MONTREAL, June 1 (UPI) — Canadian researchers say the risk of miscarriages is 68 percent higher in women who took antidepressants during pregnancy.
Researchers from the University of Montreal said they recommend doctors discuss with their patients the risks and benefits of antidepressant therapy during pregnancy.
The study, published in the Canadian Medical Association Journal, involved 5,124 women who were part of a large population-based group of pregnant women who had clinically verified miscarriages and a large sample of women from the same registry who did not have a miscarriage.
Of those who miscarried, 284, or 5.5 percent, had taken antidepressants during pregnancy.
Antidepressants known as selective serotonin reuptake inhibitors — especially paroxetine and also venlafaxine — were associated with increased risk of miscarriage as were higher daily doses of either antidepressant. A combination of different antidepressants doubled the risk of miscarriages.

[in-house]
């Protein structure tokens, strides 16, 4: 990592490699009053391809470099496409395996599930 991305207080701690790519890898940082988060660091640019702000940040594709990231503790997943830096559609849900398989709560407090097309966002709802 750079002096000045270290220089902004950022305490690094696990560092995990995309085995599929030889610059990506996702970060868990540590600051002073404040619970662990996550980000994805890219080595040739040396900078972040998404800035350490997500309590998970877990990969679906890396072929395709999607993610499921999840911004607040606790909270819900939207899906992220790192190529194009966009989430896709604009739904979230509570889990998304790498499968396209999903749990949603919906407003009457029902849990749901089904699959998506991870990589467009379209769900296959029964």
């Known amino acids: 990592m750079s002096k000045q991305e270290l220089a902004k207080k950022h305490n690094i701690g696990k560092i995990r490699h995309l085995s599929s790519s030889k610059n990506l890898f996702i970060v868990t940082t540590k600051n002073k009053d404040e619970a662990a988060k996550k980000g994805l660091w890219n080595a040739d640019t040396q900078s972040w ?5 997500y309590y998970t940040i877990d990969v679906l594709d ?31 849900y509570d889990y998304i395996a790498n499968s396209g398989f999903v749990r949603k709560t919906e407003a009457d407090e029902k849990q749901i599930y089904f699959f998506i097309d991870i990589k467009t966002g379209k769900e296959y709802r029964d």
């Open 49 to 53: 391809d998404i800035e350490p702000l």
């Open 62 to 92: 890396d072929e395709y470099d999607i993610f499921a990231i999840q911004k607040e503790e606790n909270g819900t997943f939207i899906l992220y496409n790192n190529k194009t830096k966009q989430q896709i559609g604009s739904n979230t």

“These results, which suggest an overall class effect of selective serotonin reuptake inhibitors, are highly robust given the large number of users studied,” Dr. Anick Berard, the study’s senior author, said in a statement.
However, stopping antidepressant medication can result in a depressive relapse that can put mother and baby at risk, Bernard added.
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